Netflix has acquired the worldwide rights to the Oscar-nominated live-action short “Two Distant Strangers,” which will premiere on the streaming service on April 9, six days before Oscar voting begins.
The powerful 30-minute film was written by former “Daily Show” and “Full Frontal” writer and performer Travon Free, and directed by Free and Martin Desmond Roe, who wrote and co-produced the 2012 Oscar-nominated short “Buzkashi Boys.” “Two Distant Strangers” takes a “Groundhog Day”-style conceit and applies it to a timely story in which a Black cartoonist (Joey Bada$$) finds himself reliving the same day over and over, with the day always ending when he is killed by a white police officer.
“Free’s film has a cumulative power that slowly replaces the inherent comedy with a growing horror,” wrote TheWrap in a survey of the Oscar shortlist for live-action shorts. “…The film takes a jokey sci-fi premise and turns it into a wrenching and potent story drawn from today’s headlines.”
The film’s producers include three-time Oscar nominee Lawrence Bender (“Pulp Fiction,” “Good Will Hunting,” “Inglourious Basterds”) and Sean “Diddy” Combs, with executive producers including Kevin Durant.
In a statement, Free and Roe said, “When we set out to create this short in the middle of the simultaneous pandemic and social justice crises, we didn’t know what to expect … All of us have been so filled with gratitude to see so many people responding to this story of resilience and perseverance. ‘Two Distant Strangers’ tackles a tough subject for everyone, but in an effort to forge a new direction in the conversation. And now having Netflix come on board to bring that message to millions is an incredible opportunity.”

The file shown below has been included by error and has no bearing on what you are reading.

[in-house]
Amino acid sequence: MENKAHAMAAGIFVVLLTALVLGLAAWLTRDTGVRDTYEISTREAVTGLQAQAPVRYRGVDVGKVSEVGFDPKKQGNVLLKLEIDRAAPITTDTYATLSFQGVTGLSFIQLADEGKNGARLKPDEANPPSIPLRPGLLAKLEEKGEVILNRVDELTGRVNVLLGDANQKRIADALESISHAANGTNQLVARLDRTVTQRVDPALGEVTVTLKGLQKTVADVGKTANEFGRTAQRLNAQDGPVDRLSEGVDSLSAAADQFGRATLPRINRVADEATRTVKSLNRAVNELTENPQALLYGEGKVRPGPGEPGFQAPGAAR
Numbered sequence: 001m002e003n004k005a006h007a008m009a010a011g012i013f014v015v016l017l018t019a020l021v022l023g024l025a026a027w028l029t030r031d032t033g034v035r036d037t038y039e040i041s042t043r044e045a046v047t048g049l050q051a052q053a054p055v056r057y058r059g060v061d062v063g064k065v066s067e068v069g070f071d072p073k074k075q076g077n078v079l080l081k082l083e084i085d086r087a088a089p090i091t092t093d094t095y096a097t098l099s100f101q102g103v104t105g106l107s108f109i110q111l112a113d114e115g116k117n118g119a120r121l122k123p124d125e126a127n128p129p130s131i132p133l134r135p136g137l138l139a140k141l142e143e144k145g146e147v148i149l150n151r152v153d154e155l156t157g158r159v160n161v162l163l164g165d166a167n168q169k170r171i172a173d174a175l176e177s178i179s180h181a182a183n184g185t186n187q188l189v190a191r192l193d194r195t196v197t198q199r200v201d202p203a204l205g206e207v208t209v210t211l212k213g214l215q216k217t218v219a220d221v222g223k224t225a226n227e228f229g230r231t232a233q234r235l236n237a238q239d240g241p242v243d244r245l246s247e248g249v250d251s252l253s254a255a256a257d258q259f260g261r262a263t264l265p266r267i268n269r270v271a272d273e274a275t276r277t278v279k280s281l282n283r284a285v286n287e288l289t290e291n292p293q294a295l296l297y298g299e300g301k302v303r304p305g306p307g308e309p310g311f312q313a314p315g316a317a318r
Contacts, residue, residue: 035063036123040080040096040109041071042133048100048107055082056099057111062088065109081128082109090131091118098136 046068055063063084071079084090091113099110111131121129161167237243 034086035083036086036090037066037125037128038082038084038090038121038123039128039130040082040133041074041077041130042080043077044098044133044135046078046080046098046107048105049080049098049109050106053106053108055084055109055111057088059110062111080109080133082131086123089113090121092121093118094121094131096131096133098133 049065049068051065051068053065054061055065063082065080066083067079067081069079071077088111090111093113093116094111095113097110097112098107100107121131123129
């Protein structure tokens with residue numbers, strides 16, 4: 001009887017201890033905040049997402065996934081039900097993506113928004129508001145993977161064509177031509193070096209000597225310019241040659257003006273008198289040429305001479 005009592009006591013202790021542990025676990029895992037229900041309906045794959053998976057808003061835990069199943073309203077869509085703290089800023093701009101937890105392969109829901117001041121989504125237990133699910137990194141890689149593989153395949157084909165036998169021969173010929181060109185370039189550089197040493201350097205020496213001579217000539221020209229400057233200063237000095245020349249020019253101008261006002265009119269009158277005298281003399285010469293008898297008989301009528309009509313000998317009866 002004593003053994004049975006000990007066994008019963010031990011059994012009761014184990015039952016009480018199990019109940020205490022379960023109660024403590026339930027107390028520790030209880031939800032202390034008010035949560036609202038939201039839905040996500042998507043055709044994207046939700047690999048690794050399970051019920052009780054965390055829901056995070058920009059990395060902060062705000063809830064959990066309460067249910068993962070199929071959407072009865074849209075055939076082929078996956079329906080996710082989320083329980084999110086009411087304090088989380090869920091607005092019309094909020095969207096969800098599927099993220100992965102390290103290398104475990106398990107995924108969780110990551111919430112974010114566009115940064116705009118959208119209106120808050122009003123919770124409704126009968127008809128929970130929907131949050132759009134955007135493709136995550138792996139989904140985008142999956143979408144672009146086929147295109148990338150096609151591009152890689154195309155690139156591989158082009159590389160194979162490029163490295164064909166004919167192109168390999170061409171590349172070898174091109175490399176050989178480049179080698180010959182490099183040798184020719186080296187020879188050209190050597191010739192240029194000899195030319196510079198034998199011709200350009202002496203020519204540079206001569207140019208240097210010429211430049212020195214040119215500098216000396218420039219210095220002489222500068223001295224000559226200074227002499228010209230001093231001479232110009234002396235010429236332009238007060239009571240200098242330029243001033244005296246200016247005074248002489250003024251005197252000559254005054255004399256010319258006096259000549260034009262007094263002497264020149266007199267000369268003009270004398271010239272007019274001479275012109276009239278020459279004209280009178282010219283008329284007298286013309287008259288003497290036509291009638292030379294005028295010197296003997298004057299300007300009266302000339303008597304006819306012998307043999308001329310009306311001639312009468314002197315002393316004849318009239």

Netflix already has nominees in the Best Animated Short and Best Documentary Short categories, with “If Anything Happens I Love You” a frontrunner in the former category and “A Love Song for Latasha” a strong contender in the latter. “Two Distant Strangers” is considered one of the favorites in the live-action category.
The streaming giant won its first-ever Oscar for the 2016 doc short “The White Helmets,” and also won in that category two years later with “Period. End of Sentence.”